“The board can definitely have some very scary conservative names on it,” Gregory said, pointing to Reilly and the CNS. “They’ve condemned Georgetown in the past, and they’re in the same vein of the old Academy. But he’s definitely an instant credibility. Manny suggested Pat. They’re good friends, he’s definitely a valuable source of information, and he doesn’t have a lot of control over content, so no harm.”
Reilly has more than a few bones to pick with Georgetown—among other things, he is appalled that groups annually stage the Vagina Monologues, and that “pro-abortion candidates [such as Hustler magazine founder Larry Flint and Bill Clinton] are allowed to use Georgetown as a platform to garner young, Catholic votes”—but agrees that his role has little to do with content.
“My primary activity is to comment constructively and support and promote the publication,” Reilly said.
Fr. Robert Araujo, a Jesuit at Boston College and a close family friend of Gregory’s, is also a member of the board, and according to Gregory, the only member of the board with whom he communicates regularly. He is best known to other Georgetown students for his February letter to the editor in the Hoya, in which he criticized a Hoya editorial promoting safe sex and questioned the formation of the LGBTQ Center in passing. Araujo found the first issue of the Academy to be “sensible and sincere.”
Gregory probably won’t mind if the new Academy isn’t the monumental success that the old one was, as long as his Academy stays out of the past publication’s shadow. He said he took a risk by keeping the name, but said that the recognition it would bring the new publication was worth it.
The new staff does not yet have a targeted distribution list, but is in the midst of forming one, though their board of advisers already allows for a wide circulation. Gregory was surprised to find that Cardinal Edward Egan of New York had read the September issue of the Academy.
Devine said the name might not hinder the new Academy because many student are not familiar with the old version. Where they may need to rebuild their credibility, she said, was with faculty remaining from the 90s. But so far, it doesn’t look like that will be an uphill battle.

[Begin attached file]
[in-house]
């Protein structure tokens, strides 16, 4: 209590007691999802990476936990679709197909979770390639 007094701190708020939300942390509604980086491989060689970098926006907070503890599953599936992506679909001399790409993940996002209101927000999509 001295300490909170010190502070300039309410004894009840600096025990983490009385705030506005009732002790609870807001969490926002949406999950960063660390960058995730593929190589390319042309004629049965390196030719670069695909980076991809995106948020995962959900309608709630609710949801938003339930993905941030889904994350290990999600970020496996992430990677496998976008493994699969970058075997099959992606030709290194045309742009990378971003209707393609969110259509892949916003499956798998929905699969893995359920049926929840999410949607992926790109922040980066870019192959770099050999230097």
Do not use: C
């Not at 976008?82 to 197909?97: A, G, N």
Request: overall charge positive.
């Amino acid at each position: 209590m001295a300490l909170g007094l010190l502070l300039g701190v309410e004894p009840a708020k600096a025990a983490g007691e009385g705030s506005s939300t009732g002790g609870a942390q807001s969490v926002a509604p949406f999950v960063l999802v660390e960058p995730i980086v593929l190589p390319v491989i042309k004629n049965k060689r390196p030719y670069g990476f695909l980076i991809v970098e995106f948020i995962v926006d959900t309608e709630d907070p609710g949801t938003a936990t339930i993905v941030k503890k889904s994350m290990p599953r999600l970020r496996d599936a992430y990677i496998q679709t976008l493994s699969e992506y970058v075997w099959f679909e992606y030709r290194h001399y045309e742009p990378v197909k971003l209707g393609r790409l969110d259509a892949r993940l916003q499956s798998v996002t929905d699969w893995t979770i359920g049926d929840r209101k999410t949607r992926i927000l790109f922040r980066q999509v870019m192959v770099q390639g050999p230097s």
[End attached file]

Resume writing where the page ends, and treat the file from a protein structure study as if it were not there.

“What I objected to before was their absolute incivility of discourse, hiding behind their independence,” Sens, the Classics professor, said. “So I think it’s great if they’re not going to be like that and instead engage in civil discourse.”
Some organizations are even looking forward to the publication of the new Academy. Debbie Reichmann, the program coordinator of Georgetown’s Jewish chaplaincy, said that her understanding of the new Academy is that it’s “all about building bridges and expanded dialogue, and I think that serves all faiths.”
Sivagami Subbaraman, the director of the new LGBTQ Center, which Academy writers say they will be keeping an eye on, is also intrigued.
“I’m glad this publication is getting revived. Because if they have an honest question, I have an honest answer,” she said.
Other than the name, what survives in the new Academy from the old incarnation remains to be seen. The Dante quote that editors have used since the publication’s inception—“The hottest place in hell are reserved for those who, in times of conflict, remain neutral”—remains the same.
Pence has suggestions of his own to offer Gregory. While he says the decision to abandon satire in the revived Academy may be a boon to campus perceptions of the publication, he questions the new Academy’s ability to rival the popularity of the old one.
“I wish him well, but I should tell him, I want him to use some humor,” Pence said. “And when I’m reading about him in the New York Times, then we’ll see how well he’s done.”